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@KISHALAY  yes 4 4 3 should be ans
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How you can say that a is local for a=1 in m(y) , it may also me possible that it is assigning 1 to global a.
However if we do not consider local a then no option will be matched . SO i think it is an ambiguous question.
+11
Dynamic scoping implementation

1) Search for the local variable.

3)If not in calling stack also then use global

void n(x) {x=x*a;print(x);}

a is not defined in n(x) step 1 fail goto 2

a is defined in m(y) return that value of a.

hence x=2*2 print 4
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No new variables 'a' and 'x' in function m() and n() respectively are declared & defined. So can't we take all variables x, y, a pointing to single variable a only as a's address is passed everywhere.
+2
In case of static scoping, output= 66

dynamic scoping = 44

Question is asked with dynamic scoping.
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for the same question:

1) CBV and Static Scoping: 6,2

2) CBR and Dynamic Scoping: 6,6

is this correct plz verify it??
0

If we need to change global a from function m(), how to do that?

+3
Nice explanation.This answer is as per the question as well as logic.
0

@ravi_ssj4 It's mentioned in the question that parameters are passed by reference so when we did x = x * a. The value of x ultimately updates the value of a as well (in the scope chain).

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can anyone pls resolve this , why is var 'a' inside m() considered as local ? It is not declaration ,it is an assignment ,right ?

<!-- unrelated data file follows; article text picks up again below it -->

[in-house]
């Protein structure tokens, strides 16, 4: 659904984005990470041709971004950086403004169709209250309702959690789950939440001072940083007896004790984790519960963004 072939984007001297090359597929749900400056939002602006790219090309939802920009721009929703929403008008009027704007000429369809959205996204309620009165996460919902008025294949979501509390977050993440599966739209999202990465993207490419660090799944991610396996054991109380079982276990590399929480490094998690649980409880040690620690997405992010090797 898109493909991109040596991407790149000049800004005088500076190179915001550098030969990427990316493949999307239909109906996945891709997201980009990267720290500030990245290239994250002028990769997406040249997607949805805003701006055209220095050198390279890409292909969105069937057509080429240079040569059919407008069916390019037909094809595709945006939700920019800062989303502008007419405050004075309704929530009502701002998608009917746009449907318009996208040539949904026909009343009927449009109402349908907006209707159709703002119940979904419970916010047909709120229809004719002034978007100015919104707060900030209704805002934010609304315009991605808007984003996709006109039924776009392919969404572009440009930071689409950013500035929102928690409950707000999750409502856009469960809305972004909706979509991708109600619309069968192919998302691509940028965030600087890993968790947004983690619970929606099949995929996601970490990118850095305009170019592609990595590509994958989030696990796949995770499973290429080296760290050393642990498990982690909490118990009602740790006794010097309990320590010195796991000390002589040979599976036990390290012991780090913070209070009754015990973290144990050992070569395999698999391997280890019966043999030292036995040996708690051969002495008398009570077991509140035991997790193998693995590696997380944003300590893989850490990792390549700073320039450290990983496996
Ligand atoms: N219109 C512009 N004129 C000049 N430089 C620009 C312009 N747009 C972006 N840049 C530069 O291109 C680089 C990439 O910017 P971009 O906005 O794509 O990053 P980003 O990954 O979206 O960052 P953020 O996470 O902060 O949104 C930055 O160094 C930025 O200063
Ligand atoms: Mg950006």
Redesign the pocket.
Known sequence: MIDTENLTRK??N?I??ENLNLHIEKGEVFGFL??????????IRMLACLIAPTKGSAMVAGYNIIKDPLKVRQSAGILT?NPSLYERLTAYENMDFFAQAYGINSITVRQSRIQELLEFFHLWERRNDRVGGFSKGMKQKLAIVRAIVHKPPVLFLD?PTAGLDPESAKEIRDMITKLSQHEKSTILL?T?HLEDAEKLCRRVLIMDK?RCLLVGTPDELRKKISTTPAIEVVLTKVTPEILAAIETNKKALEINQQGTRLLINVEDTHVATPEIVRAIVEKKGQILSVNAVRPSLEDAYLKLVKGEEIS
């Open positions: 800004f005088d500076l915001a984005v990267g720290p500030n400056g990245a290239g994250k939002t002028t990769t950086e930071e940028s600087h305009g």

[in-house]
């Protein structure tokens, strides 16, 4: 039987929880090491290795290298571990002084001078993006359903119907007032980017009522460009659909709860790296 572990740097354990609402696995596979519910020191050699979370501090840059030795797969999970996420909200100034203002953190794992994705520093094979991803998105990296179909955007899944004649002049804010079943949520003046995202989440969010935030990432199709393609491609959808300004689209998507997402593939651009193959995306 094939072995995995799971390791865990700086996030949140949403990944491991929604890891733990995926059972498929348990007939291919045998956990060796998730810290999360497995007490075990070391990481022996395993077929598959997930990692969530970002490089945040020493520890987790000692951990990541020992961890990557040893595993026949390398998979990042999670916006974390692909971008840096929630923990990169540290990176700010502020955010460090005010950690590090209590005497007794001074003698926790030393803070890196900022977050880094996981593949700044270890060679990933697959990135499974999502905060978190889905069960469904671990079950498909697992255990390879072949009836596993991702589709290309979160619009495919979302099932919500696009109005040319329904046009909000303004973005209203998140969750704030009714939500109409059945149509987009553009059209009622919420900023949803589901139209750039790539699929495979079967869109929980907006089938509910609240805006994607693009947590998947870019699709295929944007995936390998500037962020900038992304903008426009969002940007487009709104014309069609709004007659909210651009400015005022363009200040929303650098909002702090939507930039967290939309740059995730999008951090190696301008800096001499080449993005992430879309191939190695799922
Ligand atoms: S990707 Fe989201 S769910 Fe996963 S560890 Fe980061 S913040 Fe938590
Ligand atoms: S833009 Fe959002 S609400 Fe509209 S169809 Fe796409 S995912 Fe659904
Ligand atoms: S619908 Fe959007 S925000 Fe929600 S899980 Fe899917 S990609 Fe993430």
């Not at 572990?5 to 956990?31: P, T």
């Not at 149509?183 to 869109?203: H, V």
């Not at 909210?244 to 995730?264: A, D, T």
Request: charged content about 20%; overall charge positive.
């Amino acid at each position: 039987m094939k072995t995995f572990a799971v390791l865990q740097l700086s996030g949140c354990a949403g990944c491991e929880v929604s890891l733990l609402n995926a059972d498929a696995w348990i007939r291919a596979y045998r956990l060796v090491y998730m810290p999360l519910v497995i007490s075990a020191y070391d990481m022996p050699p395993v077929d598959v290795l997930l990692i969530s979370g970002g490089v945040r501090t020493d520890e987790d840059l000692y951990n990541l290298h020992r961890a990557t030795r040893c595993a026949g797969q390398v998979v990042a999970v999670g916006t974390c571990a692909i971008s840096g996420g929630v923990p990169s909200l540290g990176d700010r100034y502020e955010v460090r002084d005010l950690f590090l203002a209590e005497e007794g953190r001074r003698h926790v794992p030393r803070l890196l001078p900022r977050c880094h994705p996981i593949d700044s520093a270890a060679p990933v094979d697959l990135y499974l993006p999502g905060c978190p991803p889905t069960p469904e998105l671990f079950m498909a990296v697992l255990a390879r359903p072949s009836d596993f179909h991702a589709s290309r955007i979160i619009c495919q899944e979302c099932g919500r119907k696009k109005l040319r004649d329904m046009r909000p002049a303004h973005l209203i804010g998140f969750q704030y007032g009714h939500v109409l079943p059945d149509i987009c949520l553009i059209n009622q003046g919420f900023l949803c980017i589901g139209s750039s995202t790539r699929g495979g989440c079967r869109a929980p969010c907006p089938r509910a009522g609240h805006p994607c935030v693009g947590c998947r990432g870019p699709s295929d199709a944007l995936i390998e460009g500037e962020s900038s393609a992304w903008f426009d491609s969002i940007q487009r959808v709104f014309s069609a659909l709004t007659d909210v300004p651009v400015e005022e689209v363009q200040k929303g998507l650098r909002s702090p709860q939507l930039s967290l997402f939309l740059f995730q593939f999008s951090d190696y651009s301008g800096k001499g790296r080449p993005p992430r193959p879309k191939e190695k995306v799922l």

May be this works ............

by (477 points)
0
best explaination
by (141 points)
0
sure
?

i got a too
0
i got the answer A but the problem with this question is Scoping and Parameter passing mechanism are points which are removed from syllabus of gate 2016 if u dont believe me u can see gate 2015 and gate 2016 sylabus in 2015 it is explicitly mentioned but not in gate 2016 .....so dont fight for this question everybody is going to get 2 marks for free

Nicely explained here

by Active (1.8k points)
+1 vote

it is D;

Explanation:::

in call by reference value of actual variable can be changed as we have got its address
in Dynamic scoping free variable are resolved from previous function call.

now coming m(y),  a's address value will be copied to *y. so now inside m() we have local variable a=1 and y=&a

"a=y-a" will update the local a's value to 2. now m() calls n() by passing address_of_local_variable_a.

coming to n(a),  a's address value will be copied to *x. Now inside n() there is no local variable 'a' is defined/declared. so now it will look for a's value into upper/previous function i.e. m(). since a local variable 'a' is defined into m(). So its value a=2 will be taken.
note that here x is a pointer pointing to variable 'a' which was declared in m().

now (*x)=(*x)*a will evaluated as 4 which will update the value of 'a' declared in m(). so now coming to print statement address_of_a is passed as argument which will print 4.

after n() calling is over m() will return back to the position where it left and continue just after next statement. which print a's updated value i.e. 4

so finally in output we will have 4,4

by (59 points)
edited

The pseudo code can be written like this.

by Active (3.2k points)
ans is 4,4
by (17 points)
–1 vote
by Junior (701 points)
–1
#include<stdio.h>
#include<conio.h>
int a=3;
void n(int *x){
*x*=a;
printf("%d",*x);
}
void m(int *y){
int a=1;
a=*y-a;
n(&a);
printf("%d",a);
}
void main(){
m(&a);
}

// OUTPUT: 6 6
+2
Is C dynamically scoped or statically scoped?
Does C pass parameters by value or by reference.?

Answer the above two questions, and you would know why you are wrong.
0
It is given in the question that parameters are passed by reference
+1
U have run this code on c compiler and c uses static scoping and Pass by value mechanism.
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You got 66  because here C++ used static scoping and in question it is given to use dynamic scoping.
0
C by default uses STATIC scope and PASS BY VALUE but not call by reference